Ireland's Darren Randolph reveals he was racially abused and spat on while growing up

Ireland's Darren Randolph reveals he was racially abused and spat on while growing up

IRELAND international Darren Randolph has revealed that he suffered a torrent of racist abuse as a child.

The West Ham United goalkeeper said it was "normal" for him to be treated differently and abused for the colour of his skin and even spoke of how he was spat at when he was growing up.

Speaking to The Sun, Randolph said he was regularly abused while playing football and that most of the abuse came from the sidelines and from the parents, rather than the kids he was playing against.

"It would be because I would be playing well or doing good, it wouldn’t be that I was just standing there and then I'd get a load of abuse," he said.

It would always be when I am doing well. Parents yelling abuse telling their sons to 'get that...' - I won’t repeat the word.

"But that goes on top of all kinds of stuff, spitting, you know what I mean? It was normal for me back then."

The 33-year-old, who has been a regular part of the Ireland first-team squad since 2012, grew up in Bray, Co. Wicklow, before moving to England to sign with London club Charlton Athletic.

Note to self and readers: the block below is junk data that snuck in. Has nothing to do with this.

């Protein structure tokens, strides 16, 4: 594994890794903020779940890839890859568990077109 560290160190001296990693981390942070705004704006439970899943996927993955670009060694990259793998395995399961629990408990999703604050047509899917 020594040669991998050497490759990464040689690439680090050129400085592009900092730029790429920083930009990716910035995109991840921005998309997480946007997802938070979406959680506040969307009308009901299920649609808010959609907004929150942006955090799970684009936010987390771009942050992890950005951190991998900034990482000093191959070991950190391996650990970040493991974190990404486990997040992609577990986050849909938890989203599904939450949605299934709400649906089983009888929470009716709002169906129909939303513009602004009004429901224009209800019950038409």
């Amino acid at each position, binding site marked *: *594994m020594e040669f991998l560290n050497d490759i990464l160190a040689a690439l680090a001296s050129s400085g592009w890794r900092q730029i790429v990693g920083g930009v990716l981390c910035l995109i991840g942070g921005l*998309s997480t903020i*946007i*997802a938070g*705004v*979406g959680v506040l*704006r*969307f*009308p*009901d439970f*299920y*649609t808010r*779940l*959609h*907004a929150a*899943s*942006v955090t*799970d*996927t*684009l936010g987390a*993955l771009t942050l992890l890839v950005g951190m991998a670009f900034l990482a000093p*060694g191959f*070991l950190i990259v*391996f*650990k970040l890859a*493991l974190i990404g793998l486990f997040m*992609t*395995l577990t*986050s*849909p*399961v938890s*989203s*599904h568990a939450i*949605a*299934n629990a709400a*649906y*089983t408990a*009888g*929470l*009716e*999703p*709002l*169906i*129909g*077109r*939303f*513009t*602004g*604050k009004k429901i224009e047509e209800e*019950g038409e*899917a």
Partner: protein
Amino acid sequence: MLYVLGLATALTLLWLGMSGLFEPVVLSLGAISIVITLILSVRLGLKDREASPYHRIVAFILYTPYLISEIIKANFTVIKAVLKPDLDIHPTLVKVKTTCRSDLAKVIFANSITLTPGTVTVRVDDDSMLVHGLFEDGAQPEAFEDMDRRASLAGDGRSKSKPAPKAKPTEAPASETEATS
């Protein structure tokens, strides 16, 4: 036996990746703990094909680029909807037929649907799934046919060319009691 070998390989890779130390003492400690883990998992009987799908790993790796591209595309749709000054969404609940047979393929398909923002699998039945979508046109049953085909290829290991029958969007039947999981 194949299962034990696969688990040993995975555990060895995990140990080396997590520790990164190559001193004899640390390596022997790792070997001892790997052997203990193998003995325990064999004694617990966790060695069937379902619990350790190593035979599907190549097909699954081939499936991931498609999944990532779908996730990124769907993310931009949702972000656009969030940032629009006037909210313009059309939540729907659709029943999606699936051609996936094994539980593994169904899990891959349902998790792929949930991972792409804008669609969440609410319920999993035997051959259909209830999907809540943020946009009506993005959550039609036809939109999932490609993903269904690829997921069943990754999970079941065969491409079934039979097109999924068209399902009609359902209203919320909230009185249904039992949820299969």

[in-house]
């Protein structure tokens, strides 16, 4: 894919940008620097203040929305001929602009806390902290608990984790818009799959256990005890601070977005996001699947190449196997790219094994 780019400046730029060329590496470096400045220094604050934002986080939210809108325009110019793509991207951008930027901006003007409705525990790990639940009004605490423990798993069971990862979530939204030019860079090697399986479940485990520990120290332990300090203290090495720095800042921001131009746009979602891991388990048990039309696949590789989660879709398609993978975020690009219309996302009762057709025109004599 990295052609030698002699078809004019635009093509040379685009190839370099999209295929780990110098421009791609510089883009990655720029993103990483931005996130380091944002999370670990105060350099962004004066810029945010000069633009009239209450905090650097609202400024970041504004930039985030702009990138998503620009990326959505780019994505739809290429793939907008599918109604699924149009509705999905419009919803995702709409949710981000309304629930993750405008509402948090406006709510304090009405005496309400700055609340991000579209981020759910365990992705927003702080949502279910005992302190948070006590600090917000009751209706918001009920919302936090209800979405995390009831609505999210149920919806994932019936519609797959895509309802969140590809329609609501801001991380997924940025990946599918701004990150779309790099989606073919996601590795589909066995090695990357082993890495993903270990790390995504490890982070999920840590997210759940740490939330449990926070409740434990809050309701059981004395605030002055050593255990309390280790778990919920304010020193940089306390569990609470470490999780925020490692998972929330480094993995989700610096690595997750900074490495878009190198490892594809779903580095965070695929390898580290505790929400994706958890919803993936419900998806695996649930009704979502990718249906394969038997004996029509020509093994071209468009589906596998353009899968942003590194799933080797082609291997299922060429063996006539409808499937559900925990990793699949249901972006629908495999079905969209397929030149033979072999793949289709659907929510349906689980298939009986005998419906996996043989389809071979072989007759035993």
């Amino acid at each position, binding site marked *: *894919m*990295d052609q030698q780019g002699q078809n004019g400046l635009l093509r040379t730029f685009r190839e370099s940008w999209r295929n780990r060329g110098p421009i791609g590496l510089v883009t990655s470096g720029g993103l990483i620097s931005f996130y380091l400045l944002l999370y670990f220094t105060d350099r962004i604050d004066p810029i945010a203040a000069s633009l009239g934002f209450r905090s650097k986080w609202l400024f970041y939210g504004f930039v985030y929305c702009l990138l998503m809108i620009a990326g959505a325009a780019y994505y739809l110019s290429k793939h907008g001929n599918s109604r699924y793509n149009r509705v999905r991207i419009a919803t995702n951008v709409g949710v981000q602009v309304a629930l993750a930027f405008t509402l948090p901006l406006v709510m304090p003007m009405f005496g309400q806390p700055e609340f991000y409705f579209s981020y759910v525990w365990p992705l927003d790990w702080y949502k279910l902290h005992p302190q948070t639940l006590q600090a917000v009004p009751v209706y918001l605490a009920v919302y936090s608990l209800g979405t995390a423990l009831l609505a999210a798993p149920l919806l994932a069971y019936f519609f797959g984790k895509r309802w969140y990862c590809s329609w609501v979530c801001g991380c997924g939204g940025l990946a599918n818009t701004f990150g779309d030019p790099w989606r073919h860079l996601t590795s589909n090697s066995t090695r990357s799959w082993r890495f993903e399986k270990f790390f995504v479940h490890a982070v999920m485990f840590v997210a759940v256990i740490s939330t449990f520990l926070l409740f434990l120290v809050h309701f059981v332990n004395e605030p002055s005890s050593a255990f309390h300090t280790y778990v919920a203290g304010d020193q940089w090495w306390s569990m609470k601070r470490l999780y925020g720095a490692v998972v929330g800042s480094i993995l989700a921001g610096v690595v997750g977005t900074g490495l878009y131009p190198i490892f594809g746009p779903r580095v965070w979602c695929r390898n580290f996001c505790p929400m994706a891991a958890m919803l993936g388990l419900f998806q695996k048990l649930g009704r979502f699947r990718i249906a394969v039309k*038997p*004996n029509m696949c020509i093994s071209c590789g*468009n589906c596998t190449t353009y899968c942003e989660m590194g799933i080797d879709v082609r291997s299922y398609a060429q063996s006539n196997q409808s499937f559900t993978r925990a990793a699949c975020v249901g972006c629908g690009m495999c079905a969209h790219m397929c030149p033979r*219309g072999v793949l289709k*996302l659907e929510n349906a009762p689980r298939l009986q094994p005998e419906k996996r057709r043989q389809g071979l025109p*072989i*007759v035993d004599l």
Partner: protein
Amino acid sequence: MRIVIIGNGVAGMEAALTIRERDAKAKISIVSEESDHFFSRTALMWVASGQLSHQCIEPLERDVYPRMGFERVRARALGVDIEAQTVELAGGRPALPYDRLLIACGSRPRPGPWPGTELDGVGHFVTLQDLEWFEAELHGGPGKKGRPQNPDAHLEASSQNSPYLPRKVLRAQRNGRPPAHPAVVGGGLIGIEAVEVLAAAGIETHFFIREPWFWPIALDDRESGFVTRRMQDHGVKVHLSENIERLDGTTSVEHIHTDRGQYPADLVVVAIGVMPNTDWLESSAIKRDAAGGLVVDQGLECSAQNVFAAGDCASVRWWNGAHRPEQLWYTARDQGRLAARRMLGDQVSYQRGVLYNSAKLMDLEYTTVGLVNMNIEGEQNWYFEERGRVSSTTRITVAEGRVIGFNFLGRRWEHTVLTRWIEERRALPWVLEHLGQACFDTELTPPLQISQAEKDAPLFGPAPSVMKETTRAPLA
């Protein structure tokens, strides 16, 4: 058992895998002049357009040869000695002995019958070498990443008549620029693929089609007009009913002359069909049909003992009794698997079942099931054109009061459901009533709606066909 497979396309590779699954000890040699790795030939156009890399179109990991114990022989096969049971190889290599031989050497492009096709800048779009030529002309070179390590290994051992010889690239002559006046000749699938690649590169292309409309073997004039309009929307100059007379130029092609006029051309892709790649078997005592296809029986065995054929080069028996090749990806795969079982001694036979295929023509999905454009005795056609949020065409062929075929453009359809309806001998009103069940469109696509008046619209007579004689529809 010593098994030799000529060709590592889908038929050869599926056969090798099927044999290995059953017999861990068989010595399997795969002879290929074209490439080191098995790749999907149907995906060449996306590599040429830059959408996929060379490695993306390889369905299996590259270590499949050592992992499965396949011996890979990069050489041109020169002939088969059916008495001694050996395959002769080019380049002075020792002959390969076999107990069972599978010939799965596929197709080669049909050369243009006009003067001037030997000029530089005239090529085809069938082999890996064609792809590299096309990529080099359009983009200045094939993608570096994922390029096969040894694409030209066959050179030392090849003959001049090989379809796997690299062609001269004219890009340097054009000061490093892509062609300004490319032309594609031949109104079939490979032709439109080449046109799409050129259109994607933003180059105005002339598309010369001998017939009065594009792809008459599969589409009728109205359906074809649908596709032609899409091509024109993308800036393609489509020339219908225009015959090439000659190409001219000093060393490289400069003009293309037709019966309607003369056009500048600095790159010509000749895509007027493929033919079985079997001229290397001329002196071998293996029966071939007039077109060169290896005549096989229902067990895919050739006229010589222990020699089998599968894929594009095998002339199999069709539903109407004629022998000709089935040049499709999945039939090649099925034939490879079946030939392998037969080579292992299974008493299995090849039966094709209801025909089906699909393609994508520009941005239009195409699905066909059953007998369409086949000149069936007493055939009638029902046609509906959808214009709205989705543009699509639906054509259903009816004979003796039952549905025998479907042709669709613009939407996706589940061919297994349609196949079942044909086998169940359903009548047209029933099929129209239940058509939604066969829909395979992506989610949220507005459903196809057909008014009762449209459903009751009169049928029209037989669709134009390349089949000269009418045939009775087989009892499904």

Dublin , Ireland - 18 November 2019; Darren Randolph of Republic of Ireland during the UEFA EURO2020 Qualifier match between Republic of Ireland and Denmark at the Aviva Stadium in Dublin. (Photo By Harry Murphy/Sportsfile via Getty Images)

He recalled a time in Ireland where he was the only mixed-race player in his sports circle.

"I notice it myself when I go back home, there’s a lot more black Irish people around. At the time when I was growing up, I can’t remember in any sport I’ve played coming up against another black player, whether they were Irish-born or born somewhere else.

"It always just seemed to be me that I was obviously the mixed race boy and that was it. And I go back to me being in school and me being the only person of a different race."

Randolph admitted that despite a noticeable improvement since he was a child, there's still an underlying issue with racism which needs to be sorted.

"When I go back [to Ireland], I do notice there’s a lot more black people and I see a lot more black players in the underage Irish teams as well and club teams.

"So it's definitely changing, but does that necessarily mean that there is no racism? No."

Randolph has played 42 times for the Irish national side, and established himself as the nation's first-choice keeper in 2016.